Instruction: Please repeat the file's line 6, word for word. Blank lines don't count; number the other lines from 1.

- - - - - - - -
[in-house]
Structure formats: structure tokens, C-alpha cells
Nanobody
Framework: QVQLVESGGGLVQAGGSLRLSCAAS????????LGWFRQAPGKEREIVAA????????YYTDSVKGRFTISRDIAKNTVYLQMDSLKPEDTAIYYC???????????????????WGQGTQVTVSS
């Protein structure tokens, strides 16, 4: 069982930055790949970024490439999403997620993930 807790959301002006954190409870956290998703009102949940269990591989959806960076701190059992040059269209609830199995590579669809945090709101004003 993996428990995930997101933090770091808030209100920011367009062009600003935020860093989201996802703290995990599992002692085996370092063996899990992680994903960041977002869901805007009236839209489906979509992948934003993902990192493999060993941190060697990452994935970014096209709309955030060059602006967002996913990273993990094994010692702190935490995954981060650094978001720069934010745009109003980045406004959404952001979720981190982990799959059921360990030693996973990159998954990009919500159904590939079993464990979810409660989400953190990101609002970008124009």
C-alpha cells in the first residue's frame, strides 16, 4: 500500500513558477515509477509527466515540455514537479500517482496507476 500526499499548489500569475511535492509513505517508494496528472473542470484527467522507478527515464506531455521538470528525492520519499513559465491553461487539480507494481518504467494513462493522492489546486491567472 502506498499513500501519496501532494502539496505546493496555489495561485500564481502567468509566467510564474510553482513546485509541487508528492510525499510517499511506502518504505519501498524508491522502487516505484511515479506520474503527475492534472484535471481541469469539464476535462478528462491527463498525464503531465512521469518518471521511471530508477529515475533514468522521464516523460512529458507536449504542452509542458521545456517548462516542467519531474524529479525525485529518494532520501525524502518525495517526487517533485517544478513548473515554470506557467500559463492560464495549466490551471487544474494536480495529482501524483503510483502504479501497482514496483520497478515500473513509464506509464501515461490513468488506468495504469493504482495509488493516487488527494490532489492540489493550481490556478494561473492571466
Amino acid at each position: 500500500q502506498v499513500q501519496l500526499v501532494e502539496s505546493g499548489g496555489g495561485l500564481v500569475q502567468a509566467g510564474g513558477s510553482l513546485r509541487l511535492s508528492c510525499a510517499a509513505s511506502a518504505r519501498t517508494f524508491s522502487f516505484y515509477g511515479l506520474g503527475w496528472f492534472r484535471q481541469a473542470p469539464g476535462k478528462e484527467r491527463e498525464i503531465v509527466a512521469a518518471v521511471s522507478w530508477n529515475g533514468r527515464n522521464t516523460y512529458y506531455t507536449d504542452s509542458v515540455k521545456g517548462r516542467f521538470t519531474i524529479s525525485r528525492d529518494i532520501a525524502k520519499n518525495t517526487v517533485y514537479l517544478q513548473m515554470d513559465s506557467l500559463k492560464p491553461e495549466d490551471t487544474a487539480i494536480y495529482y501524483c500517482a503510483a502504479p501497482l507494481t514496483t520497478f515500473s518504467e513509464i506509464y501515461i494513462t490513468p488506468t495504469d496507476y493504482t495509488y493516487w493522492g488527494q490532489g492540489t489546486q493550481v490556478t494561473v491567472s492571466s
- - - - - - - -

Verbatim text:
C-alpha cells in the first residue's frame, strides 16, 4: 500500500513558477515509477509527466515540455514537479500517482496507476 500526499499548489500569475511535492509513505517508494496528472473542470484527467522507478527515464506531455521538470528525492520519499513559465491553461487539480507494481518504467494513462493522492489546486491567472 502506498499513500501519496501532494502539496505546493496555489495561485500564481502567468509566467510564474510553482513546485509541487508528492510525499510517499511506502518504505519501498524508491522502487516505484511515479506520474503527475492534472484535471481541469469539464476535462478528462491527463498525464503531465512521469518518471521511471530508477529515475533514468522521464516523460512529458507536449504542452509542458521545456517548462516542467519531474524529479525525485529518494532520501525524502518525495517526487517533485517544478513548473515554470506557467500559463492560464495549466490551471487544474494536480495529482501524483503510483502504479501497482514496483520497478515500473513509464506509464501515461490513468488506468495504469493504482495509488493516487488527494490532489492540489493550481490556478494561473492571466